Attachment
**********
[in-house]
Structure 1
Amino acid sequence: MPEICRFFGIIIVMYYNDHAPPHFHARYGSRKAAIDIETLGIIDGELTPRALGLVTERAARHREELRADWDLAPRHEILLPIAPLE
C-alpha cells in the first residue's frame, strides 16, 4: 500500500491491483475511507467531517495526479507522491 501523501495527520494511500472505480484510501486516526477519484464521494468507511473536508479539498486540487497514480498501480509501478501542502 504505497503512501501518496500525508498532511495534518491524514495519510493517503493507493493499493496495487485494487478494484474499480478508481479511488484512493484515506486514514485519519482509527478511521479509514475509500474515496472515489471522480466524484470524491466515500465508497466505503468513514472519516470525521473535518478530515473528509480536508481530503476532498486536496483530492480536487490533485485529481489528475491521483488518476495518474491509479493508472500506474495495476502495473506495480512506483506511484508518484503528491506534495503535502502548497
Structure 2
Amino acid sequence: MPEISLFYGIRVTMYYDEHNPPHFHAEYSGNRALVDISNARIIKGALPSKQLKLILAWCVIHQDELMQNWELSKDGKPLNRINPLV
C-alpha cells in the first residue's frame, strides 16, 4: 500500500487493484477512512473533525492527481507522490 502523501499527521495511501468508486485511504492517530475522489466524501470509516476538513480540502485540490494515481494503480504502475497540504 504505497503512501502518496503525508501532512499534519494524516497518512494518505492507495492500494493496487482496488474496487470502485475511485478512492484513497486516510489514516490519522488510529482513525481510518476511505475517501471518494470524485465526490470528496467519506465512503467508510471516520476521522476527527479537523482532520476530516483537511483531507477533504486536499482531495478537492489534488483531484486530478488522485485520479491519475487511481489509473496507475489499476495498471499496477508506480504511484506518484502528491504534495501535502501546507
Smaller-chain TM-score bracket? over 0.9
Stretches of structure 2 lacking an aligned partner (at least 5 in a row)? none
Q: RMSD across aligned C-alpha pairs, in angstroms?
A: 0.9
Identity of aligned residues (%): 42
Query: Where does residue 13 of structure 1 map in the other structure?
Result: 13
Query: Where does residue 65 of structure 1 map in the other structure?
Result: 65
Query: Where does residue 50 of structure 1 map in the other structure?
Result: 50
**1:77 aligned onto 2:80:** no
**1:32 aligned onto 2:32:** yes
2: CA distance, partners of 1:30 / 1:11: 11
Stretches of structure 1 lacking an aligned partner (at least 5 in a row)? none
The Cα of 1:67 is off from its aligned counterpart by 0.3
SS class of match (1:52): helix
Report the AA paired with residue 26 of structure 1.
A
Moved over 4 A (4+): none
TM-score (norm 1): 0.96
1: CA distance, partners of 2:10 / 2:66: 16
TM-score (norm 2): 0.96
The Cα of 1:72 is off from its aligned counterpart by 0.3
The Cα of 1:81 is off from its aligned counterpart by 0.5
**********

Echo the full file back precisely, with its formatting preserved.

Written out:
[in-house]
Structure 1
Amino acid sequence: MPEICRFFGIIIVMYYNDHAPPHFHARYGSRKAAIDIETLGIIDGELTPRALGLVTERAARHREELRADWDLAPRHEILLPIAPLE
C-alpha cells in the first residue's frame, strides 16, 4: 500500500491491483475511507467531517495526479507522491 501523501495527520494511500472505480484510501486516526477519484464521494468507511473536508479539498486540487497514480498501480509501478501542502 504505497503512501501518496500525508498532511495534518491524514495519510493517503493507493493499493496495487485494487478494484474499480478508481479511488484512493484515506486514514485519519482509527478511521479509514475509500474515496472515489471522480466524484470524491466515500465508497466505503468513514472519516470525521473535518478530515473528509480536508481530503476532498486536496483530492480536487490533485485529481489528475491521483488518476495518474491509479493508472500506474495495476502495473506495480512506483506511484508518484503528491506534495503535502502548497
Structure 2
Amino acid sequence: MPEISLFYGIRVTMYYDEHNPPHFHAEYSGNRALVDISNARIIKGALPSKQLKLILAWCVIHQDELMQNWELSKDGKPLNRINPLV
C-alpha cells in the first residue's frame, strides 16, 4: 500500500487493484477512512473533525492527481507522490 502523501499527521495511501468508486485511504492517530475522489466524501470509516476538513480540502485540490494515481494503480504502475497540504 504505497503512501502518496503525508501532512499534519494524516497518512494518505492507495492500494493496487482496488474496487470502485475511485478512492484513497486516510489514516490519522488510529482513525481510518476511505475517501471518494470524485465526490470528496467519506465512503467508510471516520476521522476527527479537523482532520476530516483537511483531507477533504486536499482531495478537492489534488483531484486530478488522485485520479491519475487511481489509473496507475489499476495498471499496477508506480504511484506518484502528491504534495501535502501546507
Smaller-chain TM-score bracket? over 0.9
Stretches of structure 2 lacking an aligned partner (at least 5 in a row)? none
Q: RMSD across aligned C-alpha pairs, in angstroms?
A: 0.9
Identity of aligned residues (%): 42
Query: Where does residue 13 of structure 1 map in the other structure?
Result: 13
Query: Where does residue 65 of structure 1 map in the other structure?
Result: 65
Query: Where does residue 50 of structure 1 map in the other structure?
Result: 50
**1:77 aligned onto 2:80:** no
**1:32 aligned onto 2:32:** yes
2: CA distance, partners of 1:30 / 1:11: 11
Stretches of structure 1 lacking an aligned partner (at least 5 in a row)? none
The Cα of 1:67 is off from its aligned counterpart by 0.3
SS class of match (1:52): helix
Report the AA paired with residue 26 of structure 1.
A
Moved over 4 A (4+): none
TM-score (norm 1): 0.96
1: CA distance, partners of 2:10 / 2:66: 16
TM-score (norm 2): 0.96
The Cα of 1:72 is off from its aligned counterpart by 0.3
The Cα of 1:81 is off from its aligned counterpart by 0.5